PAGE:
Whether it’s dust, pollens, or different kinds of food, many Americans today are susceptible to having an allergy. An allergy is a reaction of the immune system to certain types of substances, which are called allergens.
When the person with an allergy, for example animal dander, comes in contact with the allergen, his body will experience different types of reaction. Depending on the type of allergy, the person can experience rashes, difficulty in breathing, sneezing, runny nose, watery eyes or involuntary bowel movement. In the most extreme cases of allergy attacks, the person can suffer an anaphylactic shock and can cause death.
What are the symptoms of an allergy?
Allergy attacks vary in symptom and degree.
· Mild allergy symptoms can usually be seen on a specific area and do not spread on different parts of the body. This is indicated by a rash, itchiness, watery eyes, uncontrollable sneezing, or swelling in the affected area.
· Moderate symptoms include allergic reactions that spread to the entire body. This is manifested by itchiness, numbness, involuntary bowel movement or difficulty in breathing.
· A severe allergic reaction is called anaphylaxis. It is a dangerous emergency state where the body’s reaction to the allergen is fast, sudden and does not hit only one area of the body. This allergic symptom can begin with a persistent itching followed by abdominal pains, vomiting and hives. Dizziness or confusion may also be a symptom because anaphylaxis causes a sudden drop in the person’s blood pressure.
These allergy symptoms can appear in different parts of the body:
· Eyes – redness, itchiness and watery eyes.
· Nose – swelling of the mucous membrane resulting in a runny nose and sneezing.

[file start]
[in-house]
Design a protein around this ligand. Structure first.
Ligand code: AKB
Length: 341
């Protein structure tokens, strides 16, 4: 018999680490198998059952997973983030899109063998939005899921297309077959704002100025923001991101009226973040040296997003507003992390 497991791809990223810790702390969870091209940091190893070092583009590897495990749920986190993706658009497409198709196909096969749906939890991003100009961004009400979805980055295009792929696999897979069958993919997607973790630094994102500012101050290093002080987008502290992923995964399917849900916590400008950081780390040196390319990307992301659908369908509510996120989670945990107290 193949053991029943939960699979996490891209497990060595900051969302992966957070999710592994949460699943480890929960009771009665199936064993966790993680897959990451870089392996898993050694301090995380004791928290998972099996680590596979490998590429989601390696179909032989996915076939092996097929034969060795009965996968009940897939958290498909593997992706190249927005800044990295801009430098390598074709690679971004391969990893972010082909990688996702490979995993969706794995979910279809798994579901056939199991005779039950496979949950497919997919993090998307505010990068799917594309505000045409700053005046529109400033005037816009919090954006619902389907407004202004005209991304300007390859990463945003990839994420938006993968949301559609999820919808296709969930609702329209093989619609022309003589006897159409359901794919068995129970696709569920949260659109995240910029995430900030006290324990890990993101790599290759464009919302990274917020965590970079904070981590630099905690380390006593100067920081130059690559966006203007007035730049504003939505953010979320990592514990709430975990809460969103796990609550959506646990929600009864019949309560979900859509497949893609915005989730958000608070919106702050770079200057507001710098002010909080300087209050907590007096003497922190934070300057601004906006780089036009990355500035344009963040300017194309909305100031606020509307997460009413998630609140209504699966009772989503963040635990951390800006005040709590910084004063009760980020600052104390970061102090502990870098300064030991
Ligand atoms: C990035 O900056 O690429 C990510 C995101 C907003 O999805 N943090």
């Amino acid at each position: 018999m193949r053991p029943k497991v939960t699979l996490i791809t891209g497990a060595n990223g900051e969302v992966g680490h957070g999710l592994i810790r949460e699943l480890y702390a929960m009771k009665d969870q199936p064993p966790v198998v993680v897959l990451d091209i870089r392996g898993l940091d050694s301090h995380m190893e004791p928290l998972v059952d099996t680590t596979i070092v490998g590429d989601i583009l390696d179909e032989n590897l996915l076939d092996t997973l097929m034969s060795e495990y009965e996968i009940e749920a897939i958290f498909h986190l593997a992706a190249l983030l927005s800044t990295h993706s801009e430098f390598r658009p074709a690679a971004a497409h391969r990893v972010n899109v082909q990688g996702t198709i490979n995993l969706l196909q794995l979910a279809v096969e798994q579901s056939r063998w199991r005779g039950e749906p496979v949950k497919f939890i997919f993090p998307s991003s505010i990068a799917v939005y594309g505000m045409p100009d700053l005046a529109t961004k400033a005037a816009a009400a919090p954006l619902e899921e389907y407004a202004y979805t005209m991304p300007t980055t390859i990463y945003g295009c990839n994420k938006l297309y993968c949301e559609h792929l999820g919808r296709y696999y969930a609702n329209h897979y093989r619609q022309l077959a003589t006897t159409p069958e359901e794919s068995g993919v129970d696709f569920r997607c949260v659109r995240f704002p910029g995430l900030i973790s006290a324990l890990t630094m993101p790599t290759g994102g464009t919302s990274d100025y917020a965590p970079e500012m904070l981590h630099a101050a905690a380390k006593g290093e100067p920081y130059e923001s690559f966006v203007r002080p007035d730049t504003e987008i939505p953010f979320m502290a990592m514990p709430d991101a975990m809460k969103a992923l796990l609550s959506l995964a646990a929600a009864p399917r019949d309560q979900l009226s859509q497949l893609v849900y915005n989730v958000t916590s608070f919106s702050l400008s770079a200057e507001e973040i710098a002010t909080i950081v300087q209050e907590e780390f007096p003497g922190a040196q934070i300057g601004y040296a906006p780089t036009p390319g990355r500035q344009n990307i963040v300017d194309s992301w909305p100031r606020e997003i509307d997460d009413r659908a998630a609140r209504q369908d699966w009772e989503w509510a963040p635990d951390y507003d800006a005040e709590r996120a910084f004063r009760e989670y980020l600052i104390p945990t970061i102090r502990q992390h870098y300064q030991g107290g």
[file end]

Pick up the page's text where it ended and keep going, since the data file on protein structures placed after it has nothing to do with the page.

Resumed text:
· Lungs – constriction, wheezing and difficulty in breathing, which is sometimes signs of asthma.
· Ears – swelling, a slight pain and even temporary impairment or hearing loss.
· Skin – itchiness, reddening and swelling of affected area.
There are treatments for a person’s allergy, depending on the type of allergen he or she may be susceptible to. For an airborne allergen like pollen, animal dander, mold, dust mite feces and fur from cats or dogs, medicines like a nasal spray, decongestants or antihistamines can be sufficient to give immediate relief from the symptoms. Eye drops can also be used if the redness and itchiness becomes too much.
For an ingested allergen like an allergy to certain types of food, the best treatment is to avoid the food altogether. Food allergy can cause wheezing, hives, runny nose, swelling of the mouth area and sometimes, difficulty in breathing. For the rashes, a skin cream can applied to make it feel better. Antihistamines also reduce the other symptoms.
There are people with allergies to certain types of drugs and insect bites. Usually, they get their treatments through an injection of epinephrine (adrenaline) administered by a doctor. This will immediately reverse the allergy symptoms and save the person.
Most of the allergy medicines can be bought over-the-counter at the local drugstore. But before you get one, make sure that a doctor properly diagnosed the person with the allergy. A wrong treatment can kill a person.
Can an allergy be prevented? Sadly no. One cannot prevent an allergy attack but they can treat it by getting the right medicines. The person with an allergic reaction must also look at their environment and make the proper changes to reduce the symptoms in their body.
One can only win the battle against allergies but making a positive action. Do not fall victim to these allergens.